Types of phospholipids
Cholesterol
Cholesterol
Asymmetric distribution of lopids
Membrane lipids
Lipid Bilayer

Phospholipid
Phospholipid Bilayer
Proteins Embedded in Lipid Bilayer
Nonpolar regions of the lipid bilayer
lock proteins into membranes
Fig. 4.7
Membrane Carbohydrates
Cell-cell recognition: Glycolipid: Covalently
Cells ability to distinguish bonded to lipids.
one cell from another. Glycoprotein: Most are
Is a crucial process for bonded to proteins.
cells.
Human blood type is
Recognition occurs when
binding b/w cells occurs to dependent on membrane
surface molecules (carbs.) carbohydrates (A, B, AB,
Usually short, branched O) on red blood cells.
chains of 15 or less
sugars.
Structure of the Plasma Membrane
Phospholipid bilayer

Phospholipid
Hydrophilic head
Hydrophobic tails

Cholesterol

Proteins
Transmembrane/
Intrinsic/Integral
Peripheral/Extrinsic

Cytoskeletal filaments

Carbohydrate chain

Glycoproteins

Glycolipids
Proteins
Membrane Proteins
Two major protein
transmembrane structures

1. -helical - ubiquitously distributed

2. -barrel
- outer membranes of Gram-
negative bacteria, chloroplasts, and
mitochondria
Proteins of the Plasma Membrane
Provide 6 Membrane Functions:

1) Transport Proteins
2) Receptor Proteins
3) Enzymatic Proteins
4) Cell Recognition Proteins
5) Attachment Proteins
6) Intercellular Junction
Proteins
Transmembrane Proteins
Top of protein is N-
terminus.
Bottom left is C-
terminus.
This is a ribbon model
of the protein
(secondary structure)
1) Transport Proteins
Channel Proteins
channel for lipid
insoluble molecules
and ions to pass freely
through
Carrier Proteins bind
to a substance and
carry it across
membrane, change
shape in process
2) Receptor Proteins
Bind to chemical
messengers (Ex.
hormones) which
sends a message into
the cell causing
cellular reaction
3) Enzymatic Proteins
Carry out enzymatic
reactions right at the
membrane when a
substrate binds to the
active site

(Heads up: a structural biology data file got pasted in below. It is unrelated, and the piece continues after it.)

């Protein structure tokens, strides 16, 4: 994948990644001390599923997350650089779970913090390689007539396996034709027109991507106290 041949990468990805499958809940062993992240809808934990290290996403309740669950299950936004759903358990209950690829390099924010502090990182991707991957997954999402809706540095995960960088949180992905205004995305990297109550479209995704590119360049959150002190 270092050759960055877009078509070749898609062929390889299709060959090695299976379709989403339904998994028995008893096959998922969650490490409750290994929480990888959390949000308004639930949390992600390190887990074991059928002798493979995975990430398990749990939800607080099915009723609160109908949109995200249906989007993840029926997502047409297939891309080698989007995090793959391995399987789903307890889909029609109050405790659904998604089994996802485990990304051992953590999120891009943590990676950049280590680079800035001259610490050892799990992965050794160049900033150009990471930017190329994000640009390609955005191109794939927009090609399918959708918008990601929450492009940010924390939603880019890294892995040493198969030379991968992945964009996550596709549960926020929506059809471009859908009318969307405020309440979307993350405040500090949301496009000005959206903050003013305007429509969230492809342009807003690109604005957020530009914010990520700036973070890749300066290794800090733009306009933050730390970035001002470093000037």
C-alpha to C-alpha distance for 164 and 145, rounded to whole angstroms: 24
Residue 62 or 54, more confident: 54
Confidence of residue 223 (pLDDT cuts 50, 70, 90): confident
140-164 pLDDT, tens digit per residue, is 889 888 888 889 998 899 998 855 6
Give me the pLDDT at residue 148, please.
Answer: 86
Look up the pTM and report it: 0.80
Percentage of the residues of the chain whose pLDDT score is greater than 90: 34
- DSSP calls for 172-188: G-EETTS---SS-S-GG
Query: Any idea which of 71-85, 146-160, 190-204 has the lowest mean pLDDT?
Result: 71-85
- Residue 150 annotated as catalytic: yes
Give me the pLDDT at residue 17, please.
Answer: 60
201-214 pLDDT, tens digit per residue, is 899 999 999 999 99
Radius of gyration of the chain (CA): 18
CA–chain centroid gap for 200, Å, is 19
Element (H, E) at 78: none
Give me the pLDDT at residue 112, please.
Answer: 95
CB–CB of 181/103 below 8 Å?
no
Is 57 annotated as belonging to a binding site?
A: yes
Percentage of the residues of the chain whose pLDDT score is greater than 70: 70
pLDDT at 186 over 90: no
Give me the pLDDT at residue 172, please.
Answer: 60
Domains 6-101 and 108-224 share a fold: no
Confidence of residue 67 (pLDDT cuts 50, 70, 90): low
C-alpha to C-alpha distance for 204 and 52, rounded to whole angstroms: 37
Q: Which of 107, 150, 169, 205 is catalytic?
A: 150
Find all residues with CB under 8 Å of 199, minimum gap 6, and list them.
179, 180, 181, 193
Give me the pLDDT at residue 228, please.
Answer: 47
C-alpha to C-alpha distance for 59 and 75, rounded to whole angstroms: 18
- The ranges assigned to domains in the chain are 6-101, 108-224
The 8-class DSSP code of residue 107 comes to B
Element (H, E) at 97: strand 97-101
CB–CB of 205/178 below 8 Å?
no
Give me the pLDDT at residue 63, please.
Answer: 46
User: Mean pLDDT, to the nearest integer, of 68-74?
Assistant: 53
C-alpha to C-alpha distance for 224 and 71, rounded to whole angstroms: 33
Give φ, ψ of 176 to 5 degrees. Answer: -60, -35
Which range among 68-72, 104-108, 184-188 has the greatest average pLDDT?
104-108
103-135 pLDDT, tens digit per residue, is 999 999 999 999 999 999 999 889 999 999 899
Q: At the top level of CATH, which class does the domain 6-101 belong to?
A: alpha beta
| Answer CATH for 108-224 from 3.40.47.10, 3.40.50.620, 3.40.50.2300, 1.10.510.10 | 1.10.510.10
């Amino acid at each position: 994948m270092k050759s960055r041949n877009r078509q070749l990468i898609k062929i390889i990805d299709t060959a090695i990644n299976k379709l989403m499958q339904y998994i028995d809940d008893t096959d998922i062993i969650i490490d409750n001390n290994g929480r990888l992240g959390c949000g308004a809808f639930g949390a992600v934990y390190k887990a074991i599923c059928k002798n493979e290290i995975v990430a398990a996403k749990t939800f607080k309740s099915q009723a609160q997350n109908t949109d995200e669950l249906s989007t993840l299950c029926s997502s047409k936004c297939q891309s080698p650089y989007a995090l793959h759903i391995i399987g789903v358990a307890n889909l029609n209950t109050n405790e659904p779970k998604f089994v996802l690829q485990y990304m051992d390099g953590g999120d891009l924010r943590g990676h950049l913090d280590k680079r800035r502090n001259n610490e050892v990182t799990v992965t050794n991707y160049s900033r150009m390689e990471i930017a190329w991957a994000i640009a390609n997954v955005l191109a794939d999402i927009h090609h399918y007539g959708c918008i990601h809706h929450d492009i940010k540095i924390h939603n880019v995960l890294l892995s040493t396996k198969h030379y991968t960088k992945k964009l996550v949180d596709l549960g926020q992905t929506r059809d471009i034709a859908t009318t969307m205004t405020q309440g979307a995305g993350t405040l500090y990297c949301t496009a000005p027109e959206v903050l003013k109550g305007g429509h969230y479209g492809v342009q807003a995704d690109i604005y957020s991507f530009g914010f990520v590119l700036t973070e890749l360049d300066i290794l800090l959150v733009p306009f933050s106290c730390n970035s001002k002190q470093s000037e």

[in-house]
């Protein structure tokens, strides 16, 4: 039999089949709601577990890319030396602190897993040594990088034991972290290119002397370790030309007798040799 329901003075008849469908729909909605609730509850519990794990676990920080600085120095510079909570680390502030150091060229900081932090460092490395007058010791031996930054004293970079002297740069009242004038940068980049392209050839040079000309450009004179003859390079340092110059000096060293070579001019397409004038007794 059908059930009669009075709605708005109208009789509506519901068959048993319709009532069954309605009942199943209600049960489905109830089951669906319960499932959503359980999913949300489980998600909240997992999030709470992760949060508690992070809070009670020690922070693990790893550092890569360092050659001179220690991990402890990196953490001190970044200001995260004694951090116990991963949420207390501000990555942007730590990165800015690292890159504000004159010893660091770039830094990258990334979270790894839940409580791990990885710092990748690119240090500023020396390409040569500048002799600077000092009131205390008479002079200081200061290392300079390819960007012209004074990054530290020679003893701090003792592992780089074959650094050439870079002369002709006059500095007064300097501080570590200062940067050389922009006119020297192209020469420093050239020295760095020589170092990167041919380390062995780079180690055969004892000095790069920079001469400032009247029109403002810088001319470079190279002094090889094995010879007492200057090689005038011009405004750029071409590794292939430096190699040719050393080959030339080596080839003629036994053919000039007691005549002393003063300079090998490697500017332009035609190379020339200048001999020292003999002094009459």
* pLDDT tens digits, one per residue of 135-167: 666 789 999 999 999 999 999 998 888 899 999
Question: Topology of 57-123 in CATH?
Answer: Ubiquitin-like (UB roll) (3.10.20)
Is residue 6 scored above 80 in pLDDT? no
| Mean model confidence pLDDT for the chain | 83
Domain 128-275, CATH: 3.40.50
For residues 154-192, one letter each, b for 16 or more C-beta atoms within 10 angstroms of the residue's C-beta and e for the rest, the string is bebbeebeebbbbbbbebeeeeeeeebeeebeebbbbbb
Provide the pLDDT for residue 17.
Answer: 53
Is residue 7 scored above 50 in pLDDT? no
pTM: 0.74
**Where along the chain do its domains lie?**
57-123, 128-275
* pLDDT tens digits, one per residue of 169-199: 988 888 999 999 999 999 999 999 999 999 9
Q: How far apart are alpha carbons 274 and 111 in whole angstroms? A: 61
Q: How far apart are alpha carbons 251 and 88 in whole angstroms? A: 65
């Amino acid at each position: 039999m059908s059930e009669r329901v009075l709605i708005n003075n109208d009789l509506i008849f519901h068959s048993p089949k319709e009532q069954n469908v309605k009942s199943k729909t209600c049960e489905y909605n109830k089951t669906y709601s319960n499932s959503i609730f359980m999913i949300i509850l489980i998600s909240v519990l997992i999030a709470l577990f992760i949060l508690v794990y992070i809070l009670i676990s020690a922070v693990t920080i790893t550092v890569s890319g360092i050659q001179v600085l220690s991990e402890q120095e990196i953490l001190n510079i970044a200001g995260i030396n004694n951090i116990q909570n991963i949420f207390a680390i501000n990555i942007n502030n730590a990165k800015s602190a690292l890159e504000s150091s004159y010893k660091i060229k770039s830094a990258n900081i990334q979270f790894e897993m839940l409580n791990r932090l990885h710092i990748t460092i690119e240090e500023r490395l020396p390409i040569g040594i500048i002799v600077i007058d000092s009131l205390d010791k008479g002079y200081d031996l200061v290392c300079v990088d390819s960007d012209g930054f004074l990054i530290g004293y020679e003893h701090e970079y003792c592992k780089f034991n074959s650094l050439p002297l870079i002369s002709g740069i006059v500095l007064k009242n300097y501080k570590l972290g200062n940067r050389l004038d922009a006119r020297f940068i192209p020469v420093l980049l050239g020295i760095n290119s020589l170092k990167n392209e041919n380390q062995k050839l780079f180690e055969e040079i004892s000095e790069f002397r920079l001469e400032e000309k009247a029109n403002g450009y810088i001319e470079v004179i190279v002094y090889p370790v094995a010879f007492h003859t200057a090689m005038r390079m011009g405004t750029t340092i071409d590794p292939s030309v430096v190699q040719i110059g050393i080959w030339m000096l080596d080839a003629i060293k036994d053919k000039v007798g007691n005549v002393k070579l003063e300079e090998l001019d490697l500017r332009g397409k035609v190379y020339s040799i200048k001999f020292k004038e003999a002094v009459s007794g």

4) Cell Recognition Proteins
Glycoproteins (and
glycolipids) on
extracellular surface
serve as ID tags
(which species, type of
cell, individual).
Carbohydrates are
short branched chains
of less than 15 sugars
5) Attachment Proteins
- Attach to cytoskeleton (to
maintain cell shape and stabilize
proteins) and/or the extracellular
matrix (integrins connect to
both).
- Extracellular Matrix protein
fibers and carbohydrates
secreted by cells and fills the
spaces between cells and
supports cells in a tissue.
- Extracellular matrix can
influence activity inside the cell
and coordinate the behavior of
all the cells in a tissue.
6) Intercellular Junction Proteins
Bind cells together
Tight junctions

Gap junctions
Types of Cell Junctions
Tight Junctions

Desmosomes

Gap Junctions
Tight Junctions
Transmembrane Proteins of opposite cells
attach in a tight zipper-like fashion
No leakage
Ex. Intestine, Kidneys, Epithelium of skin
Desmosomes
Cytoplasmic plaques of two cells bind with
the aid of intermediate filaments of keratin
Allows for stretching
Ex. Stomach, Bladder, Heart
Gap Junctions
Channel proteins of opposite cells join together
providing channels for ions, sugars, amino
acids, and other small molecules to pass.
Allows communication between cells.
Ex. Heart muscle, animal embryos
How do materials move into and
out of the cell?
Materials must move
in and out of the cell
through the plasma
membrane.
Some materials
move between the
phospholipids.
Some materials
move through the
proteins.
Plasma Membrane Transport
Molecules move across the plasma
membrane by:
What are three types of
passive transport?

1) Diffusion
2) Facilitated Diffusion
3) Osmosis
ATP energy is not
needed to move the
molecules through.
Passive Transport 1: Diffusion
Molecules can move directly
through the phospholipids of the
plasma membrane

This is called
What is Diffusion?

Diffusion is the net


movement of molecules
from a high
concentration to a low
concentration until
equally distributed.

Diffusion rate is related


to temperature,
pressure, state of matter,
size of concentration
gradient, and surface
area of membrane.

http://www.biologycorner.com/resources/diffusion-animated.gif
Transporters vary enormously in their architecture and size: from
small organic molecules and peptides to multi-subunit complexes (the
V-type and Fo-type ATPase may have more that 10 subunit in a
complex). The size of the individual molecules could be as large as
5000 amino-acid residues (Ryanodine receptor)

Some transporters are ubiquitous (aquaporins, glycerol


facilitators, copper-transporting ATPases), others are kingdom
specific (bacteria and yeast cells lack Na+,K+-ATPase, one of the
most abundant transporter in higher eucaryots. At the same time,
only bacterial cells have phosphoenolpyruvate-dependent
phosphotranspherase system)

Transporters often have dual function acting as enzymes or


receptors in addition to transport function
Despite their enormous variety, the
transporters utilize common rules to
transport ions and molecules across
cell membranes
The Modes of Membrane
Transport
Two major modes of membrane transport

I. Simple
(Passive)Diffusion
no carriers is involved
Molecules that are transported through the
cell membrane via simple diffusion include
organic molecules, such as benzene and
small uncharged molecules, such as H2O,